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Inferring the unobserved human capital of entrepreneurs

  • Arnab Bhattacharjee

    (University of-St Andrews)

  • Jean Bonnet

    (University of Caen Basse-Normandie, France - CREM-CNRS)

  • Nicolas Le Pape

    (University of Caen Basse-Normandie, France - CREM-CNRS)

  • Régis Renault

    (THEMA – CNRS)

The goal of this paper is to study the role of unobserved human capital in entrepreneurial choice and its impact on the survival of newly created firms. Our starting point is that, when starting a new business, an entrepreneur’s labor market situation (e.g. employed or not) reflects how his human capital may be valuated through salaried labor. This in turn affects the entrepreneurial decision so that, an entrepreneur’s human capital should be correlated with the state at which he decided to start a new firm. We illustrate this point with descriptive statistics computed from a survey of French startups. These statistics show that the impact of education on the new firm’s survival is most pronounced for firms created by individuals salaried in their preferred branch of activity while it is rather limited if the entrepreneur was in the wrong branch or newly unemployed. In this paper we argue, both theoretically and empirically, that these results may be explained by some unobserved heterogeneity in the entrepreneur’s human capital that is correlated both with the initial labor market situation and with some observable measures of human capital such as education or experience. We first present a simple model of entrepreneurial choice that provides predictions about an entrepreneur’s actual human capital as a function of human capital observed by the econometrician as well as the individual’s state in the labor market when the firm was created. The model allows for some information asymmetry on the labor market as well as other sources of inefficiencies such as incentive problems due to moral hazard. It also allows in a simple way for some dynamic considerations on the part of the entrepreneur regarding potential depreciation of his human capital. We argue that the data may be best explained by a model where employer’s information on employee’s human capital is sufficiently poor and where there is a strong concern about human capital depreciation for those with a high level of observed human capital. We then run some duration analysis on our data on new firms’ survival by estimating a proportional hazard Cox model with partial maximum likelihood. The estimation results are coherent with the descriptive statistics on the impact of education on survival for different initial states of the entrepreneur. This econometric analysis will be completed with additional regressions that allow for correcting for unobserved heterogeneity in order to evaluate its magnitude and nature. We have done some preliminary work where unobserved heterogeneity is modelled through random effects (frailties) for different subgroups of individuals according to education level and experience that have a gamma distribution. Our preliminary results show that there is significant unobserved heterogeneity but the estimates of the frailties are consistent with the results obtained by running a standard Cox estimation.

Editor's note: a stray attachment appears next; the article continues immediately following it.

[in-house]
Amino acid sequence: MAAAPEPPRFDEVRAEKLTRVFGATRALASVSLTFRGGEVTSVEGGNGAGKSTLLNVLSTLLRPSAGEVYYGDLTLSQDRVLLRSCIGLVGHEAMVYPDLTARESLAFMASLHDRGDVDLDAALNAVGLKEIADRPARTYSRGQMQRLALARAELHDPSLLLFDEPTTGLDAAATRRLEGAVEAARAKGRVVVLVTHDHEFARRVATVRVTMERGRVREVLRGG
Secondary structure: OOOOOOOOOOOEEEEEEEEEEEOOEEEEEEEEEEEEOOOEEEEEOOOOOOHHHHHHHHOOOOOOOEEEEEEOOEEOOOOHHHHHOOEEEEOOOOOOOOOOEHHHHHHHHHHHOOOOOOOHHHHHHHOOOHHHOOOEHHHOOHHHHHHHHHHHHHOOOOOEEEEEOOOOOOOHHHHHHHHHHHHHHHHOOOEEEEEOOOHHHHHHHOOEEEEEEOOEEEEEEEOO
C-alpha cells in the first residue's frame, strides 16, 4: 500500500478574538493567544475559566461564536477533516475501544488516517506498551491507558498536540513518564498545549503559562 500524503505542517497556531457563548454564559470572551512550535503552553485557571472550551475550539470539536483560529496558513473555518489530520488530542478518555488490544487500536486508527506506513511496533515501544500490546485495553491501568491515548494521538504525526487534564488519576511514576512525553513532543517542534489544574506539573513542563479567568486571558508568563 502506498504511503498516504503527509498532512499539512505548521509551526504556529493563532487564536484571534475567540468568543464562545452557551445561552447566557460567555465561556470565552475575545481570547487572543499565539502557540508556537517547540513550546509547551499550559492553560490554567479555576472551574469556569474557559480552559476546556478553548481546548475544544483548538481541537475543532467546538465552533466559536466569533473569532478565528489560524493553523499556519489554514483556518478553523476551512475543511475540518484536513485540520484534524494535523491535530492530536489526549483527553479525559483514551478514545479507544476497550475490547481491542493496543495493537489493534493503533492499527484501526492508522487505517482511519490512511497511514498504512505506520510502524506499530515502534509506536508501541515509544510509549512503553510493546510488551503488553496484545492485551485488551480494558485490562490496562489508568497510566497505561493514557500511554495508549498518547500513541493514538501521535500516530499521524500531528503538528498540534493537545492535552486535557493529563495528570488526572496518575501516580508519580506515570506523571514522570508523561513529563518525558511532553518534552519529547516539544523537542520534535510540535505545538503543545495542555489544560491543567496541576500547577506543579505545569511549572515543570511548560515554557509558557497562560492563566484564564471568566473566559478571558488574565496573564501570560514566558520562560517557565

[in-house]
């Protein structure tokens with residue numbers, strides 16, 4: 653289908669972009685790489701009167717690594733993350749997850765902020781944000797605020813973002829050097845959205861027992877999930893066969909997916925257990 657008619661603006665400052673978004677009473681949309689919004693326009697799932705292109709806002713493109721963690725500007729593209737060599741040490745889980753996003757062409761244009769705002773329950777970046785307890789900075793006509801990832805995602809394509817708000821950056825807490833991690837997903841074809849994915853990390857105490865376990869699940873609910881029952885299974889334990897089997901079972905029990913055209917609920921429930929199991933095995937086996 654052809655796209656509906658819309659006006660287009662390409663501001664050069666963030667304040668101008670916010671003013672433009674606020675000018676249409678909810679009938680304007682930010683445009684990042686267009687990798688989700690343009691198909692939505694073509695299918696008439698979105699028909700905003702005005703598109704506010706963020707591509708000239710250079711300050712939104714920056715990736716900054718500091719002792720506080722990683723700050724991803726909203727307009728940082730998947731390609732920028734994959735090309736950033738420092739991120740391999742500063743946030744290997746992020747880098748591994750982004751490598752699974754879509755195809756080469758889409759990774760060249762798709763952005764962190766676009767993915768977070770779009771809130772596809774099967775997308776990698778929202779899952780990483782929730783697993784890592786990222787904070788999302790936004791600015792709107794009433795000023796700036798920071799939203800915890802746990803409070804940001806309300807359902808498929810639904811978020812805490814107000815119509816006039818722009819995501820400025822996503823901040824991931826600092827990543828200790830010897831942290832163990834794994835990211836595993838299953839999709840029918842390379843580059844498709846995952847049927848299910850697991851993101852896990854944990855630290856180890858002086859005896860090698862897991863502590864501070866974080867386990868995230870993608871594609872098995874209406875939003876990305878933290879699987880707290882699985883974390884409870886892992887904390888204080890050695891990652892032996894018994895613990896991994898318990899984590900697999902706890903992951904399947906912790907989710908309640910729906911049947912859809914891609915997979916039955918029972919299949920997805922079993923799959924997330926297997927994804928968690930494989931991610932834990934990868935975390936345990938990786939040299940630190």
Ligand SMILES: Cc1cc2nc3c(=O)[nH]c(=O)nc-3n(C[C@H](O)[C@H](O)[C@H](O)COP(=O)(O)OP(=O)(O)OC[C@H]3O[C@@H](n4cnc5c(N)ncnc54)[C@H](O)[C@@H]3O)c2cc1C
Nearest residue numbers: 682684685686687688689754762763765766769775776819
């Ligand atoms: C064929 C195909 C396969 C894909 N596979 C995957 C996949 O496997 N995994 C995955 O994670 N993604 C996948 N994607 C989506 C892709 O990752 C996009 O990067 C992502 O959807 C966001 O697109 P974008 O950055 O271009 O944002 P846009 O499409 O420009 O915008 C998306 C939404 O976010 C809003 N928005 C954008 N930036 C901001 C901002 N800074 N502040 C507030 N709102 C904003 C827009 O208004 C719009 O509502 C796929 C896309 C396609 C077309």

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Paper provided by Center for Research in Economics and Management (CREM), University of Rennes 1, University of Caen and CNRS in its series Economics Working Paper Archive (University of Rennes 1 & University of Caen) with number 200603.

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Date of creation: 2006
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Handle: RePEc:tut:cremwp:200603
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  1. Stern, Steven, 1990. "The Effects of Firm Optimizing Behaviour in Matching Models," Review of Economic Studies, Wiley Blackwell, vol. 57(4), pages 647-60, October.
  2. Kihlstrom, Richard E & Laffont, Jean-Jacques, 1979. "A General Equilibrium Entrepreneurial Theory of Firm Formation Based on Risk Aversion," Journal of Political Economy, University of Chicago Press, vol. 87(4), pages 719-48, August.
  3. Bates, Timothy, 1990. "Entrepreneur Human Capital Inputs and Small Business Longevity," The Review of Economics and Statistics, MIT Press, vol. 72(4), pages 551-59, November.
  4. Evans, David S & Jovanovic, Boyan, 1989. "An Estimated Model of Entrepreneurial Choice under Liquidity Constraints," Journal of Political Economy, University of Chicago Press, vol. 97(4), pages 808-27, August.
  5. Jovanovic, Boyan, 1982. "Selection and the Evolution of Industry," Econometrica, Econometric Society, vol. 50(3), pages 649-70, May.
  6. Tobias J. Moskowitz & Annette Vissing-Jørgensen, 2002. "The Returns to Entrepreneurial Investment: A Private Equity Premium Puzzle?," American Economic Review, American Economic Association, vol. 92(4), pages 745-778, September.
  7. Kanbur, S M, 1979. "Of Risk Taking and the Personal Distribution of Income," Journal of Political Economy, University of Chicago Press, vol. 87(4), pages 769-97, August.
  8. Fonseca, Raquel & Lopez-Garcia, Paloma & Pissarides, Christopher A., 2001. "Entrepreneurship, start-up costs and employment," European Economic Review, Elsevier, vol. 45(4-6), pages 692-705, May.
  9. Rafik Abdesselam & Jean Bonnet & Nicolas Le Pape, 2004. "An Explanation of the Life Span of New French Firms," Small Business Economics, Springer, vol. 23(3), pages 237-254, October.
  10. Tobias J. Moskowitz & Annette Vissing-Jorgensen, 2002. "The Returns to Entrepreneurial Investment: A Private Equity Premium Puzzle?," NBER Working Papers 8876, National Bureau of Economic Research, Inc.
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